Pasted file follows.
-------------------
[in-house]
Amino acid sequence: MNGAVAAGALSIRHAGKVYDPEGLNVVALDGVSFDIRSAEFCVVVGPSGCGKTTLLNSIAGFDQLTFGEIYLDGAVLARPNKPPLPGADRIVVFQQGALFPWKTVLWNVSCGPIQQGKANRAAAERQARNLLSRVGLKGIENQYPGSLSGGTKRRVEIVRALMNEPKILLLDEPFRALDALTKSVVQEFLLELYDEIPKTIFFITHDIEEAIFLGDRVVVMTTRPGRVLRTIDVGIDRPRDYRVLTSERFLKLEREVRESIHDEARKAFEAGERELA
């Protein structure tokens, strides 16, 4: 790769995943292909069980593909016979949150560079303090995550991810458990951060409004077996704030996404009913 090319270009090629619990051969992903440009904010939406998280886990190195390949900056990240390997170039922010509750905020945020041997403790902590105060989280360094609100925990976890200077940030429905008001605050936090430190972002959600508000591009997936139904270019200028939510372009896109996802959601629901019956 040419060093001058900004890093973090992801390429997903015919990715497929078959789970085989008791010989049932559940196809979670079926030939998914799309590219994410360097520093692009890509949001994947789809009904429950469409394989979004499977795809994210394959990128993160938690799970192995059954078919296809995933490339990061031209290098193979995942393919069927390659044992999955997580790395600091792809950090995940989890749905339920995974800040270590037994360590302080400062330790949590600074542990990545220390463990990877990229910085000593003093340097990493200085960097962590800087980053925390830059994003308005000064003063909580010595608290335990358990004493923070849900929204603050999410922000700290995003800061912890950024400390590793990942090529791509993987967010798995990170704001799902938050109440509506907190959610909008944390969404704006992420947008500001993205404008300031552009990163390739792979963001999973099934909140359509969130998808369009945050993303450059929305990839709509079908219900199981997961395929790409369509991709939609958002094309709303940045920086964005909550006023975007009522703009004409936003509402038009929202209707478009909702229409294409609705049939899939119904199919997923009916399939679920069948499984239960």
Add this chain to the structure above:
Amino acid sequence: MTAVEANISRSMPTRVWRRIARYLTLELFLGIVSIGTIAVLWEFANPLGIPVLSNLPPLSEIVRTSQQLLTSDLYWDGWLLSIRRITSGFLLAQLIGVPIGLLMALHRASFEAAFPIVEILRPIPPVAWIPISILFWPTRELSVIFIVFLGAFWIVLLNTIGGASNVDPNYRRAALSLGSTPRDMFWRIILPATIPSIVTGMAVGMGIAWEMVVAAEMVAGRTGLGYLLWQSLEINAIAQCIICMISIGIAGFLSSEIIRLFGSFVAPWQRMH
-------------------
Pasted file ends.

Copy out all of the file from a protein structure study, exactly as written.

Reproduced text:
[in-house]
Amino acid sequence: MNGAVAAGALSIRHAGKVYDPEGLNVVALDGVSFDIRSAEFCVVVGPSGCGKTTLLNSIAGFDQLTFGEIYLDGAVLARPNKPPLPGADRIVVFQQGALFPWKTVLWNVSCGPIQQGKANRAAAERQARNLLSRVGLKGIENQYPGSLSGGTKRRVEIVRALMNEPKILLLDEPFRALDALTKSVVQEFLLELYDEIPKTIFFITHDIEEAIFLGDRVVVMTTRPGRVLRTIDVGIDRPRDYRVLTSERFLKLEREVRESIHDEARKAFEAGERELA
């Protein structure tokens, strides 16, 4: 790769995943292909069980593909016979949150560079303090995550991810458990951060409004077996704030996404009913 090319270009090629619990051969992903440009904010939406998280886990190195390949900056990240390997170039922010509750905020945020041997403790902590105060989280360094609100925990976890200077940030429905008001605050936090430190972002959600508000591009997936139904270019200028939510372009896109996802959601629901019956 040419060093001058900004890093973090992801390429997903015919990715497929078959789970085989008791010989049932559940196809979670079926030939998914799309590219994410360097520093692009890509949001994947789809009904429950469409394989979004499977795809994210394959990128993160938690799970192995059954078919296809995933490339990061031209290098193979995942393919069927390659044992999955997580790395600091792809950090995940989890749905339920995974800040270590037994360590302080400062330790949590600074542990990545220390463990990877990229910085000593003093340097990493200085960097962590800087980053925390830059994003308005000064003063909580010595608290335990358990004493923070849900929204603050999410922000700290995003800061912890950024400390590793990942090529791509993987967010798995990170704001799902938050109440509506907190959610909008944390969404704006992420947008500001993205404008300031552009990163390739792979963001999973099934909140359509969130998808369009945050993303450059929305990839709509079908219900199981997961395929790409369509991709939609958002094309709303940045920086964005909550006023975007009522703009004409936003509402038009929202209707478009909702229409294409609705049939899939119904199919997923009916399939679920069948499984239960």
Add this chain to the structure above:
Amino acid sequence: MTAVEANISRSMPTRVWRRIARYLTLELFLGIVSIGTIAVLWEFANPLGIPVLSNLPPLSEIVRTSQQLLTSDLYWDGWLLSIRRITSGFLLAQLIGVPIGLLMALHRASFEAAFPIVEILRPIPPVAWIPISILFWPTRELSVIFIVFLGAFWIVLLNTIGGASNVDPNYRRAALSLGSTPRDMFWRIILPATIPSIVTGMAVGMGIAWEMVVAAEMVAGRTGLGYLLWQSLEINAIAQCIICMISIGIAGFLSSEIIRLFGSFVAPWQRMH